For example, in the present situation, expanding and collecting terms in (3) gives, of course, (4)

where the coefficient is the total number of graphical sentences having m vertices, n ar-

rows, p loops, a total number of q letters, of which are letter a, for each.

Assigning the value 1 to each letter a and collecting terms gives

(5)

where is the number of having m vertices, n arrows, p loops and q letters. Letting, gives

(6)

where is the number of made of q letters occurring with frequencies.

Letting and assigning the value 1 to each letter a gives

(7)

where is the number of made of q letters.

Let be the number of graphical sentences made of p words (i.e., p is the total number of arrows and loops in s) and q letters. Then

(8)

Moreover, if we let in (8) and if is a finite set, then

(9)

is a polynomial, where is the number of made of p words. Differentiation gives

(10)

Of course, a variety of other similar manipulations of the inventory are possible. In Sec-

tion 2 we apply methods from the theory of species and Pólya theory, to express inventories of general classes of graphical sentences in terms of cycle index series. Section 3 deals with specific classes of graphical sentences: linear sentences (corresponding to path-like digraphs) and general tree-like sentences (corresponding to classes of tree-like digraphs). We conclude (Section 4) by giving suggestions for possible extensions and generalizations of our results. Various explicit examples are given and to make the text easier to read, the proofs of the main results are collected in Section 5. In a previous paper,  , we studied the distribution of runs in arborescent words.

We assume that the reader is familiar with Pólya theory  and with the basic concepts of the theory of combinatorial species   .

2. Inventory of Graphical Sentences via Cycle Index Series

In order to give a rigorous meaning to the notion of a totally unlabelled digraph and to be able to take into account the possible symmetries within graphical sentences, we must recall first some definitions concerning labelled digraphs. A digraph on (or labelled by) a finite set V of vertices, a finite set of arrows, and a finite set of loops is an ordered pair of injections,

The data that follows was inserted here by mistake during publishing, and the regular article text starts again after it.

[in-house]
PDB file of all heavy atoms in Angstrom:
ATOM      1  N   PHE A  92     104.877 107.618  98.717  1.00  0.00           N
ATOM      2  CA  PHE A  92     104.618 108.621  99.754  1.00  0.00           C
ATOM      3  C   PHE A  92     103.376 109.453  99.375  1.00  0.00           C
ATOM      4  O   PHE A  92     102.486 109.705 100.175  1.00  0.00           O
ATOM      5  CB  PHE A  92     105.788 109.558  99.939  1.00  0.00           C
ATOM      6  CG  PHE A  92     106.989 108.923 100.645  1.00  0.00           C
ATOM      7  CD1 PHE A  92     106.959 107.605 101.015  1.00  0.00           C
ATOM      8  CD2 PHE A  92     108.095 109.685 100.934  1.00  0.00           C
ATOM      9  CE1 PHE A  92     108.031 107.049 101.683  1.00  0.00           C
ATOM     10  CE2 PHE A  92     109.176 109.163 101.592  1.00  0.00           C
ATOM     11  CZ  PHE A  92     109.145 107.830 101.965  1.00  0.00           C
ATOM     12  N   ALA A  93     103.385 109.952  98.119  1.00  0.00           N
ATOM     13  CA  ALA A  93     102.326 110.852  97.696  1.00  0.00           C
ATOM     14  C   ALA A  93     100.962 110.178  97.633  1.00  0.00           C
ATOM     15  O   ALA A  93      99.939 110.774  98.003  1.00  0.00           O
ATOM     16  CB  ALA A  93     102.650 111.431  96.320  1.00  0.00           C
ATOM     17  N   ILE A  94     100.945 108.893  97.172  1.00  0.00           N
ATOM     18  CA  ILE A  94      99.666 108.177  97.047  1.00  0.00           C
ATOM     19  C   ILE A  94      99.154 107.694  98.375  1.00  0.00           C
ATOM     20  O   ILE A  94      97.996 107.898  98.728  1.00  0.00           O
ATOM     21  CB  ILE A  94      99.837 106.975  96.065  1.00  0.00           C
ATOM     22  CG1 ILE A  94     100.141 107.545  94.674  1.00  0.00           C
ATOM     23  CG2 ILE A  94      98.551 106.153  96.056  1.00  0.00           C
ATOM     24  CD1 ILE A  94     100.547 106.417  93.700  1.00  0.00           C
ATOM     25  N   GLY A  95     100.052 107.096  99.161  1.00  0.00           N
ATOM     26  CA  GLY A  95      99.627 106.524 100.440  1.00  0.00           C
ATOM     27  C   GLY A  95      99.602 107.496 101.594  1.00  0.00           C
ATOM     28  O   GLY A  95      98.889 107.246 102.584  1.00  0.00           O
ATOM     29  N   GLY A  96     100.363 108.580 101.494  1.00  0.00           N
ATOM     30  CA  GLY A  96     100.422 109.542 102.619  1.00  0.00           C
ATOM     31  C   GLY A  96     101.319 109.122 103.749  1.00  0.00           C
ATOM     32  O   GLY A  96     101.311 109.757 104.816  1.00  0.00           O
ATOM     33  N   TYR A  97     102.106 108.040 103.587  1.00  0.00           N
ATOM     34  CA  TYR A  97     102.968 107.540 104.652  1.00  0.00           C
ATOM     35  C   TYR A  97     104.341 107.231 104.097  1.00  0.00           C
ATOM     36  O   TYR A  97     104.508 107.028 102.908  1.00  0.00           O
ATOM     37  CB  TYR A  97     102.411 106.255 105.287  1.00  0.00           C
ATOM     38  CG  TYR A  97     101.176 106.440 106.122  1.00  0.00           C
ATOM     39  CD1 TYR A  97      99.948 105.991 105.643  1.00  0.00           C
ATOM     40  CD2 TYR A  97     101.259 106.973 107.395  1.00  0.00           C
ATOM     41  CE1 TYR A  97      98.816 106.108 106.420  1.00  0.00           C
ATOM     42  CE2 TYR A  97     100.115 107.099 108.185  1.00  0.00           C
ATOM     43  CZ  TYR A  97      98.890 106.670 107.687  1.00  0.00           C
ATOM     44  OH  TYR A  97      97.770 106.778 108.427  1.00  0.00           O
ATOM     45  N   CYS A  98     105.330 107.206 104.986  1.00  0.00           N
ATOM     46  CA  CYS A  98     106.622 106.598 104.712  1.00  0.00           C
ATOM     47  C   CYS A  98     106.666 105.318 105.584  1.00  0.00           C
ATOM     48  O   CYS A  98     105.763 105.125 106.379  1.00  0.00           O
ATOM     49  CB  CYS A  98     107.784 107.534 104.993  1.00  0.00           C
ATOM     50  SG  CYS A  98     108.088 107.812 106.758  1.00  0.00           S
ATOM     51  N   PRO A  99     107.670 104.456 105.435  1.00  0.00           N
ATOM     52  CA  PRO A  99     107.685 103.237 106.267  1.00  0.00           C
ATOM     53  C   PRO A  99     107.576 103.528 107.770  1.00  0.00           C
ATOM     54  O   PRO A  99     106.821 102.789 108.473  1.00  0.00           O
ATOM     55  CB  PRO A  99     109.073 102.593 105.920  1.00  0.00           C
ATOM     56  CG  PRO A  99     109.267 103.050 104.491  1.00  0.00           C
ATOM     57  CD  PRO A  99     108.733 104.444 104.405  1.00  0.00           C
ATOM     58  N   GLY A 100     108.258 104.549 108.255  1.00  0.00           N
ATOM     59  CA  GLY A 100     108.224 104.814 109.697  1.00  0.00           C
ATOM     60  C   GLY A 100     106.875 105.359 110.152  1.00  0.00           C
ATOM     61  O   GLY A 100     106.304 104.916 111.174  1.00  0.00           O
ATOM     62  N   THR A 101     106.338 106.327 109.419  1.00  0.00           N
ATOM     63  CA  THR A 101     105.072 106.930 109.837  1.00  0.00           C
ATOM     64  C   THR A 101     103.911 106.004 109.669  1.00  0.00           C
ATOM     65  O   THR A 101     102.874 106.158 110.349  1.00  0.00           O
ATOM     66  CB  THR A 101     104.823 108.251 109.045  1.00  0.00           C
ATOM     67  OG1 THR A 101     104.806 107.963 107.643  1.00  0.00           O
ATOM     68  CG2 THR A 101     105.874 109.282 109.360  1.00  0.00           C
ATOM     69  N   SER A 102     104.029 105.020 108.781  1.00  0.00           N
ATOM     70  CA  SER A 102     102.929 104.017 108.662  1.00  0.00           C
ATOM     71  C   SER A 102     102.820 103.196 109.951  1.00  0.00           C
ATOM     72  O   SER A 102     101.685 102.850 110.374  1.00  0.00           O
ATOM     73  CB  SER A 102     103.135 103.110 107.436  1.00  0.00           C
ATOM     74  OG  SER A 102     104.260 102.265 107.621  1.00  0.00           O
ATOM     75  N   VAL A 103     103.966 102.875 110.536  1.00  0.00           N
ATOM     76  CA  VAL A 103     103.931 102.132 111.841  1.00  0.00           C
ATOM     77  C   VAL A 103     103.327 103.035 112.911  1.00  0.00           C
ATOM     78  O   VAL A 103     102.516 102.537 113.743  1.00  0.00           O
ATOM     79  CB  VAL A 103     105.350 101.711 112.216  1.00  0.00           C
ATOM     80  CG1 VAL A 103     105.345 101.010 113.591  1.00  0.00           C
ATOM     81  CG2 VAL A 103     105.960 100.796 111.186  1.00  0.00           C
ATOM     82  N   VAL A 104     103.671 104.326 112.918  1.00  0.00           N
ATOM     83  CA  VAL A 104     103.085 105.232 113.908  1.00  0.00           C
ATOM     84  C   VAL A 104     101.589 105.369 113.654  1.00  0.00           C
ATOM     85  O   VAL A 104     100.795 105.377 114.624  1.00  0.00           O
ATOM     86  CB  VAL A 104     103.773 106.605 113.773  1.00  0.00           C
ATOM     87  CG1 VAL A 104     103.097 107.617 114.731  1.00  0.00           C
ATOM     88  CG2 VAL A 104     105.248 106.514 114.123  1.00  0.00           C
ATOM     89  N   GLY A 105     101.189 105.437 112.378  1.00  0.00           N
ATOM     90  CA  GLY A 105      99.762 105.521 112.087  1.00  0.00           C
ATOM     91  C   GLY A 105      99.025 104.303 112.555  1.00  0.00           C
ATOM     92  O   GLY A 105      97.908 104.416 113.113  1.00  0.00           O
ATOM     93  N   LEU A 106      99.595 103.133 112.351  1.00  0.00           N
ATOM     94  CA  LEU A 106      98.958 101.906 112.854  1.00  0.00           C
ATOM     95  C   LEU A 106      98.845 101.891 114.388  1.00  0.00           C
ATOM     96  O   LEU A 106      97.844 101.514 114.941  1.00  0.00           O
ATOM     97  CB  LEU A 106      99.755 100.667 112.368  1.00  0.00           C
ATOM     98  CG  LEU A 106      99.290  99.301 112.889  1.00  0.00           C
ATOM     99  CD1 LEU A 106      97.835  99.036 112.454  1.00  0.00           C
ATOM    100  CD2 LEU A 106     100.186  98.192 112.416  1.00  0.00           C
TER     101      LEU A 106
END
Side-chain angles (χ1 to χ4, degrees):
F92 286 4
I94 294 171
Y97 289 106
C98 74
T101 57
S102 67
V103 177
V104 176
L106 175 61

(11)

where and. Given any loop and any vertex, the equality means that is a loop at v in the digraph g. Given any arrow and any ordered pair of distinct vertices, the equality means that arrow is going from v to w in the digraph g. In other words

(12)

Figure 2(a) shows a digraph on the sets of vertices, of arrows and of loops, with loop at vertex 4 and loop at vertex 1. Let be a digraph on and be a digraph on. An isomorphism from digraph g to digraph, is an ordered triple, , of bijections, , , such that

(13)

(14)

If then is called an automorphism (or symmetry) of the digraph g. For example, the triple of permutations, defined (in cyclic notation) by

(15)

is an automorphism of the digraph of Figure 2(a). Note that labelled digraphs are elastic and not considered as embedded in the plane. Only the incidence relations between vertices, arrows and loops are taken into account. A totally unlabelled digraph (see Figure 2(b)), is simply an isomorphism class of labelled digraphs. The class of a labelled digraph g is denoted [g]; so that [g] is a totally unlabelled digraph with representative g.

We now give a rigorous definition of the notion of a graphical sentence.

Definition 2.1. Let A be a finite alphabet and, be the set of non-empty words over A. A graphical sentence over A is an equivalence class, s, of ordered triples, , where g is a connected labelled digraph on, and, are arbitrary functions assigning a non-empty word to each loop and each arrow of g. Two such triples and being equivalent if there exists an isomorphism such that and. We write to mean that s is a graphical sentence with representative.

4This means that is a class of connected digraphs on arbitrary finite sets, V of vertices, V1 of arrows and V0 of loops, which is closed under arbitrary isomorphisms.

5More precisely, X is the species of singleton vertices, Y is the species of singleton arrows and Z is the species of singleton loops.

Now take any species of connected labelled digraphs4. Our goal is to compute the inventory (3) of the class of all graphical sentences where. To emphasize the fact that digraphs are made of three sorts of elements, vertices, arrows and loops, the given species of digraphs can be written in the form, where X is the sort of vertices, Y is the sort of arrows, and Z is the sort of loops5. Any digraph is called a -structure for short.